The Trump Presidency - how I stopped worrying and learned to love the Hair

calvinhobbes

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That is in large part fueled by the media over reporting on his personal flaws, of which there are many for sure, instead of focusing on his actual policies and actions.
No, it is fuelled entirely by the constant stream of nonsense, hot air, blunders and hatred coming from the current occupant of the Oval Office. It his he who surrounds himself with yes-men, it is he who tweeted a classified satellite photo and it is he who managed to make even the weather a political issue.

This has created a certain narrative that a large portion of people have bought into.
What narrative? Trump being a terrible president and barely, if at all, fit for office is not a narrative. It’s an observation of facts.

Either way I would think that serious journalistic outlets like CNN or BI would have more integrity.
It’s always easy to criticise “the media”, but with a president who produces newsworthy outbursts at an astonishing pace, it’s not always possible to check thoroughly before the next Twitter storm already comes along.
 

prizrak

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president who produces newsworthy outbursts at an astonishing pace, it’s not always possible to check thoroughly before the next Twitter storm already comes along.
Why do you think he keeps doing that? Specifically so that the media completely misses the real stories and plays into his hands. He produces clickbait for them in the process destroying their credibility. When these, supposedly respectable, outlets are producing clearly not researched (if not outright fake) stories they make it very easy to dismiss them. Trump weaponized confirmation bias, it's rather amazing if you ask me.
 

gaasc

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I'm not entirely sure he did it willingly, but he did indeed do that. That BI article and @calvinhobbes's reaction are the effects. Intended or otherwise.
 

calvinhobbes

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He produces clickbait for them in the process destroying their credibility. When these, supposedly respectable, outlets are producing clearly not researched (if not outright fake) stories they make it very easy to dismiss them.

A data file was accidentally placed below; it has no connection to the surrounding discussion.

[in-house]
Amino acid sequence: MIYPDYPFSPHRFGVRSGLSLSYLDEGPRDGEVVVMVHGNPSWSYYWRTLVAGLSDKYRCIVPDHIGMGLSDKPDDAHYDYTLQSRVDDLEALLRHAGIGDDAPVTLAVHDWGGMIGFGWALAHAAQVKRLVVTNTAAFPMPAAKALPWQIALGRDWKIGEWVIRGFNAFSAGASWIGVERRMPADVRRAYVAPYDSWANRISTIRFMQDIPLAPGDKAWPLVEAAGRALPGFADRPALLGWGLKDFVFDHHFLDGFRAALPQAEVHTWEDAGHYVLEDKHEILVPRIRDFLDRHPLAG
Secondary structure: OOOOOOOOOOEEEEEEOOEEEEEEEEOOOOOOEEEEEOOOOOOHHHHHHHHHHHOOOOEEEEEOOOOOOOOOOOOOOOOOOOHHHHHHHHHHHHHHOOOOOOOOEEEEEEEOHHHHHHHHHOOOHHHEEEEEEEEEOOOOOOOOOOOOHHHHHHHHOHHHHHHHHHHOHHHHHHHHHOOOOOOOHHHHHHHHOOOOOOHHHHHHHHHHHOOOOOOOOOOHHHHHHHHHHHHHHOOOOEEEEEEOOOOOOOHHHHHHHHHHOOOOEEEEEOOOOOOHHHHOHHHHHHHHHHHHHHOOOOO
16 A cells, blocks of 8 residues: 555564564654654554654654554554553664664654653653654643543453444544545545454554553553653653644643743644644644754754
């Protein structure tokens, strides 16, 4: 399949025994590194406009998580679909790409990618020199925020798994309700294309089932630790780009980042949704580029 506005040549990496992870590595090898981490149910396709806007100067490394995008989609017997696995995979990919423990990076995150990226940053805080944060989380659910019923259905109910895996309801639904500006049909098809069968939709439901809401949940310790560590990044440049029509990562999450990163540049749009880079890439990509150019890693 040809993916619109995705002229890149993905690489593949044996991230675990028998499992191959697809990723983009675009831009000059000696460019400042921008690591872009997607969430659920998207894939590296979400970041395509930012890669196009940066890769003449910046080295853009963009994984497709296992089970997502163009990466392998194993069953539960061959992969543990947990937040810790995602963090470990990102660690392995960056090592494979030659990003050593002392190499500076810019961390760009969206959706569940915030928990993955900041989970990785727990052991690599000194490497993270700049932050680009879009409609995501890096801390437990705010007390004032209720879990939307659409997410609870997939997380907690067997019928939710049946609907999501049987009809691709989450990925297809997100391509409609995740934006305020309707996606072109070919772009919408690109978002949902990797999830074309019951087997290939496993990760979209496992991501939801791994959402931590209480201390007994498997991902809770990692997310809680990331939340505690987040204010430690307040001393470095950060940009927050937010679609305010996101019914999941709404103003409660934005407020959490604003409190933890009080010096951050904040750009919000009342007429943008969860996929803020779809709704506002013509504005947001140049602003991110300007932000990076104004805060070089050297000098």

You dismiss the media, I dismiss the president. It’s their job to report on the president, it isn’t his job to produce Twitter storms and other varieties of hot air.

Trump weaponized confirmation bias, it's rather amazing if you ask me.
What has Trump done that hasn’t confirmed the impression that he’s a loose cannon who will do anything for a bit of admiration and appreciation?
 

prizrak

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Also remember that private meeting Trump had with the Russians helps make it all the more believable.
Aren't private meetings with foreigner dignitaries pretty normal for POTUS?
It’s their job to report on the president,
It's their job to report the news.
What has Trump done that hasn’t confirmed the impression that he’s a loose cannon who will do anything for a bit of admiration and appreciation?
It doesn't matter what he has or hasn't done, what matters is that you and people like you will take anything negative about him at face value. On the other side you have a bunch of people that will dismiss literally anything coming from certain sources.

You dismiss the media,
They failed the american public, their entire job was/is to be a neutral (as much as possible) third party that reports on actual news. Instead they are just feeding the divide with their coverage and sensationalizing (is that a word?)*

*I'm including all outlets here, not just CNN or BI, Fox News, Breitbart, etc... are all guilty of this.

I'm not saying Trump is right, I'm saying media is wrong.
 

GRtak

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https://www.washingtonpost.com/national-security/trumps-communications-with-foreign-leader-are-part-of-whistleblower-complaint-that-spurred-standoff-between-spy-chief-and-congress-former-officials-say/2019/09/18/df651aa2-da60-11e9-bfb1-849887369476_story.html

Trump’s communications with foreign leader are part of whistleblower complaint that spurred standoff between spy chief and Congress, former officials say

The whistleblower complaint that has triggered a tense showdown between the U.S. intelligence community and Congress involves President Trump’s communications with a foreign leader, according to two former U.S. officials familiar with the matter.

Trump’s interaction with the foreign leader included a “promise” that was regarded as so troubling that it prompted an official in the U.S. intelligence community to file a formal whistleblower complaint with the inspector general for the intelligence community, said the officials, speaking on the condition of anonymity because they were not authorized to discuss the matter publicly.

It was not immediately clear which foreign leader Trump was speaking with or what he pledged to deliver, but his direct involvement in the matter has not been previously disclosed. It raises new questions about the president’s handling of sensitive information and may further strain his relationship with U.S. spy agencies. One former official said the communication was a phone call.

The White House declined to comment. The Office of the Director of National Intelligence and a lawyer representing the whistleblower declined to comment.